As one of New York’s finest bespoke clothiers, if not the country’s, Jon Green is privy to the wants, demands, preferences, problems and personal trivialities of some of the wealthiest people in the world.
I try not to throw around such dramatic language too often, but in Jon’s case it is simply the truth. Jon’s suits start off at about $7,500 and go straight up from there. Add in some of the more luxurious and rare fabrics to which he has access and you’re looking at something touching $25,000.
Had you asked me a few weeks ago what I thought about dropping the cost of a new car on a single suit, I probably would have said something both unflattering and dismissive. Not only is that a lot of money, what possibly could go into any garment which warrants such a ridiculously high expense?
Then, as fate would have it, I was recently invited by Mr. Green to visit him while on a trip to New York. Let me just cut to the chase: I’ve drunk the Kool-Aid and joined the church of bespoke.
Past the deceiving simple paper sign on the building’s front door, the elevator took me up to an elegant salon and tailor’s workshop. It is a place of business but also of consul; a comfortable lounge filled with mannequin forms sporting suit jackets in various stages of completion and bookcases filled with fabric books. Up front is the tailor’s workshop fronted by a bank of large windows overlooking Madison Avenue and capturing all the natural light.
Jon won me over without even trying. Unfortunately, I won’t be wearing a Jon Green suit anytime soon, but that’s not remotely the point. The world of bespoke – certainly at this level – changes how you think about clothes. As Jon noted, “The price of what we do is directly related to our costs of cloth, workmanship, location and the one-on-one personal attention we prefer to provide our clients. This includes the requisite number of fittings needed to ‘get it right,’ not just ‘get it out the door.’ The real value in bespoke clothing is enhanced by taking the time to get it as good as it can be. But then forgetting about it. After all, it is possible to polish a diamond to dust.”
As an added bonus, I visited Jon at the same time as Dougal Munro and Malcolm Campbell from Holland & Sherry, the Rolls Royce of fabric makers. Dougal is the president of H&S’s North American operation and Malcolm is Managing Director of Joseph H. Clissold, H&S’s premier fabric mill. Our discussion about English fabrics, their role in the world of bespoke, and H&S’s remarkable innovations was fascinating and one that a that I will document separately, along with some excellent H&S material covering fabric education and the impact of color on one’s wardrobe.
Malcolm Campbell (t), Dougal Munro (b)
A formally trained musician and clothing salesman, Jon is every inch the courtly clothier. He is not, however, a “yes man” arbiter to wealthy power players. As he said to me regarding a client whose requests were not representative of a Jon Green suit, “it’s my suit until I hand it over to him.” Translation: we’ll work it out, but I have a reputation to uphold and there is an expectation of what a Jon Green suit means. No animosity, simply a standard of excellence and detail that is not quickly, or easily, bent.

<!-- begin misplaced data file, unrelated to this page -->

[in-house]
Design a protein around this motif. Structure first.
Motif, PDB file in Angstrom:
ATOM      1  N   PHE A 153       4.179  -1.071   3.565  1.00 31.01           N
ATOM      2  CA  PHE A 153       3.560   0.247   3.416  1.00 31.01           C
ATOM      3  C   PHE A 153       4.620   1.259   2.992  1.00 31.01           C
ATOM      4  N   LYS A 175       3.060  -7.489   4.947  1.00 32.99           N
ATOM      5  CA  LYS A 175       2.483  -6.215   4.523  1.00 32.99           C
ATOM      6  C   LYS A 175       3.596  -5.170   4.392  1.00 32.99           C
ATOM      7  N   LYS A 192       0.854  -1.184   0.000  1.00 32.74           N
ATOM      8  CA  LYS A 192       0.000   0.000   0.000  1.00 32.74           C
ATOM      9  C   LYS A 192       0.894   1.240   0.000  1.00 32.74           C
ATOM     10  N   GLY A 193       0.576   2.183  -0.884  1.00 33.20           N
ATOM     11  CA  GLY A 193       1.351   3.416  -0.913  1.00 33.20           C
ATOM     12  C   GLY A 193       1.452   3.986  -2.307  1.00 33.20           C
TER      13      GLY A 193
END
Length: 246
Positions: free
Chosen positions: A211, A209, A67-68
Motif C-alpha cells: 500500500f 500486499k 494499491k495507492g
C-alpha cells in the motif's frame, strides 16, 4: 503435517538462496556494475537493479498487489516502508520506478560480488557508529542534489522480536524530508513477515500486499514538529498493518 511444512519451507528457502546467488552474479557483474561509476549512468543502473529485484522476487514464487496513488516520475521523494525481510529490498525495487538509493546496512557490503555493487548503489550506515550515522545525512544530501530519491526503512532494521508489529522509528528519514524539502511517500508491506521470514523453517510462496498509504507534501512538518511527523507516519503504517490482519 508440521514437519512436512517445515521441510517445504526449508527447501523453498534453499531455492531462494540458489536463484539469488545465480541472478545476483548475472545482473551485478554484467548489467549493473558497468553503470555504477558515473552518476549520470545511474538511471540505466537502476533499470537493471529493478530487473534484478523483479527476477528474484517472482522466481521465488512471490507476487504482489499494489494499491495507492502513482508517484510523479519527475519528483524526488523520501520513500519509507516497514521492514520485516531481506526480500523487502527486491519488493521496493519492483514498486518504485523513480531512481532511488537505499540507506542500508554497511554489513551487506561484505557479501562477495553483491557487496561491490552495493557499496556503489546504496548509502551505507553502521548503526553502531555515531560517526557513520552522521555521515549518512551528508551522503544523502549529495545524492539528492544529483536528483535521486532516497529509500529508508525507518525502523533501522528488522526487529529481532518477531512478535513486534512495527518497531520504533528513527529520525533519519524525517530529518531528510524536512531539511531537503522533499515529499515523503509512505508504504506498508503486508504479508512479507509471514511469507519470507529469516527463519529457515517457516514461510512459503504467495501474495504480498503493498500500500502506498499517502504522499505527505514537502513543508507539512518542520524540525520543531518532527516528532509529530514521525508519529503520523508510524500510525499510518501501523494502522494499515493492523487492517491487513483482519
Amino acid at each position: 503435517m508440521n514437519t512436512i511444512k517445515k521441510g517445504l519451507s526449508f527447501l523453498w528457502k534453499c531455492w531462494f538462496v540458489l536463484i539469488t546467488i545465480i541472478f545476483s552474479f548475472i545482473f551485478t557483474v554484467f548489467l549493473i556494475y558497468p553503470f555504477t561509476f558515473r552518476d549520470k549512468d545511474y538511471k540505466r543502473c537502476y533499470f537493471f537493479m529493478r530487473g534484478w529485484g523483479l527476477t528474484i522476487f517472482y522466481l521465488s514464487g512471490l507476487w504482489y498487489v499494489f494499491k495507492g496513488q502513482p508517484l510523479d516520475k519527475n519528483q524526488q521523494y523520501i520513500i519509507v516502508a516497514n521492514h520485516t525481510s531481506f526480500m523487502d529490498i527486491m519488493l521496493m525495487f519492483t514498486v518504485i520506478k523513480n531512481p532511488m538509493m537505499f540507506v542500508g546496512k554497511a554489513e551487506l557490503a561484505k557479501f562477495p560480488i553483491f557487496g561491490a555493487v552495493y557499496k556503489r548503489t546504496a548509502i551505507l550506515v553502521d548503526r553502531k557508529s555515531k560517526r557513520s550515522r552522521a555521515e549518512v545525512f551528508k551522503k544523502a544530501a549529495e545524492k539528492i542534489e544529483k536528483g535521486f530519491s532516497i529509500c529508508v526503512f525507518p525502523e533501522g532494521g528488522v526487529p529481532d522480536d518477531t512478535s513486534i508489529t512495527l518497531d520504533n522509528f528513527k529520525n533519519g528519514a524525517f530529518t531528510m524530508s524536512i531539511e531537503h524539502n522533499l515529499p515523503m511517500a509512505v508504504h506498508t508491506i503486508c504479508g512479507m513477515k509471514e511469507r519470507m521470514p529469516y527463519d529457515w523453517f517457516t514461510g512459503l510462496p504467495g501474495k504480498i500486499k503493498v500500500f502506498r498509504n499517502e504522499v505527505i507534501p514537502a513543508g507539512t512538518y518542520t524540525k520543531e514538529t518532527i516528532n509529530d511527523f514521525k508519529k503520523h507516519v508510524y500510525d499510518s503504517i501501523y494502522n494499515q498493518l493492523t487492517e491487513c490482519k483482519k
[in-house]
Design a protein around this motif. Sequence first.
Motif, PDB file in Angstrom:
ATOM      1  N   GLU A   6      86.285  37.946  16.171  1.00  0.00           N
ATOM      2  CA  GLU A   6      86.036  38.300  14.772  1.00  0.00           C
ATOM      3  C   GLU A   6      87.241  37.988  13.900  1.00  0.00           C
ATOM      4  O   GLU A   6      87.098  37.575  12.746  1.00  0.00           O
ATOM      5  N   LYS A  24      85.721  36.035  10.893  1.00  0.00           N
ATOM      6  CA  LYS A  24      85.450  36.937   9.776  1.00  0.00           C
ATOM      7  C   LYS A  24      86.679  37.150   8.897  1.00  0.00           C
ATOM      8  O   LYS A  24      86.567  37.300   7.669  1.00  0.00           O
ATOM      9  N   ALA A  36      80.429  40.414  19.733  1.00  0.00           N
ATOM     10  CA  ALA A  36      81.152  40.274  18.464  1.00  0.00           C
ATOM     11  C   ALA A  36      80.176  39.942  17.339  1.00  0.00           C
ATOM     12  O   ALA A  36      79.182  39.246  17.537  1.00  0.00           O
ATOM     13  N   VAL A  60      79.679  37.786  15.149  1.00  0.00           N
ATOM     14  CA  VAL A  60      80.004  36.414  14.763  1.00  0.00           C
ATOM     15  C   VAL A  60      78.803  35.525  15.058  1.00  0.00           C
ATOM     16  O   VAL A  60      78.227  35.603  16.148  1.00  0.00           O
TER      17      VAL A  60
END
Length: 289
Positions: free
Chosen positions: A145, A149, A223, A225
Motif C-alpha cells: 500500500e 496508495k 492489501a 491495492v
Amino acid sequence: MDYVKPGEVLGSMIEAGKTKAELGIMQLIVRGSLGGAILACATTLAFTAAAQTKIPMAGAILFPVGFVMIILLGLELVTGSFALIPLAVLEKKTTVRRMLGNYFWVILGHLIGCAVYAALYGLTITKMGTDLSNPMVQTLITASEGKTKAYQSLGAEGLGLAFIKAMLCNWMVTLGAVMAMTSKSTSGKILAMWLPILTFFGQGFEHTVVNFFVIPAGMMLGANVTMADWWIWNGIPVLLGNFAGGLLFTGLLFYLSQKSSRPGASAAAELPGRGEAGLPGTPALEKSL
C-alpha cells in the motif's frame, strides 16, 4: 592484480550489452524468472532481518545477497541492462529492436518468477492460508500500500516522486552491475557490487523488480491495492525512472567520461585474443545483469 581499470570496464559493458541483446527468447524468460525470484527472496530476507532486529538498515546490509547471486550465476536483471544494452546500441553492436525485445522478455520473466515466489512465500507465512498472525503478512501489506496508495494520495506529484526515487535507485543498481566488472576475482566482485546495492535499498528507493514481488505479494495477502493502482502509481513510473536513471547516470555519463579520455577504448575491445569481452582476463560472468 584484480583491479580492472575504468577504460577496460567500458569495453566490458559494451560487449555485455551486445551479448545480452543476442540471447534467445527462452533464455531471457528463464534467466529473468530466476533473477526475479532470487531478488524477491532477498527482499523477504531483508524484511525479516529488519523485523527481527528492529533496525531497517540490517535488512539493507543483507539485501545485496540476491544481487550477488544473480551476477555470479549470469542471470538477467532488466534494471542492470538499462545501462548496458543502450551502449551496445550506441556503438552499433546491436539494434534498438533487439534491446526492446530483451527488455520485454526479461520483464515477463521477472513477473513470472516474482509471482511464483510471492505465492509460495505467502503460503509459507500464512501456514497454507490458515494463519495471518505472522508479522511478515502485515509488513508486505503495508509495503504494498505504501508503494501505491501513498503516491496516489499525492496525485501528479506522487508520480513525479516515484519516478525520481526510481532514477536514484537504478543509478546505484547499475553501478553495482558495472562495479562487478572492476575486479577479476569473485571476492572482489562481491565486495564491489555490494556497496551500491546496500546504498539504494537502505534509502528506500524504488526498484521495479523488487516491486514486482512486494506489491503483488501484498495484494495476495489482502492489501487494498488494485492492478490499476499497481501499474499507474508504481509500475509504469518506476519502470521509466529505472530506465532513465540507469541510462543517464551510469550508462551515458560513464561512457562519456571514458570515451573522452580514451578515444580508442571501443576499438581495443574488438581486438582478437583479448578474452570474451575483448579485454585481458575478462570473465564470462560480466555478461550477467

However, Jon rarely needs to take such a stand. His clients are lovers of clothing and dress for themselves. They come to Jon because he is the best and that is what they want; they have found a friend and confidant who will do anything in his power to meet their needs and will also not hesitate to gently redirect an errant choice in fabric or customization.
As he explained on several occasions, Jon is not a tailor – he is a clothier. While the tailor with whom he works is clearly one of the finest, Jon brings to the engagement the vision and execution of a head coach or chief strategist. He has created a brand known to those for whom exceptional service, privacy and collaboration are paramount.
Jon is, at heart, a teacher. While we never really discussed the cost of his clothing (honestly, it just slipped my mind), he indirectly explained why his suits cost so much. Every inch of a Jon Green suit is hand cut and assembled. Pockets are fully fitted into the canvas body which itself is carefully formed to your body’s curves.
The entire jacket is basted until the final assembly – no finishing stitches anywhere. This means that throughout your initial fittings, often six, the suit is completely disassembled and re-cut to match your evolving pattern. And your pattern, hand drawn by the way, is hand updated by the tailor at each step. It will take months and once completed will fit you as well as humanly possible.
Will it be perfect, probably not to Jon. But that is part of the beauty of bespoke – it is hand crafting in every sense of the phrase, not a single shortcut or prefabricated piece of anything. And all that hand stitching! That alone is worth half the cost right there.
Jon has been selected to by Louis Vuitton Moet Hennessey North America, as part of a celebration of American craftsman, to create a bespoke suit for its chairman, Renaud Dutreil. I’ll be updating you on this remarkable process as it moves along, the only menswear blog to have such remarkable access.
Msr. Renaud Dutreil
I am also happy to say that I’ll be working with Jon to periodically bring OTC’s readers the kind of insight and expertise normally reserved for captains of industry and the kind of men who hop thier private jet from Houston just to do a suit fitting. Jon is a wealth of information and OTC is both honored, and a little humbled, to call him a friend.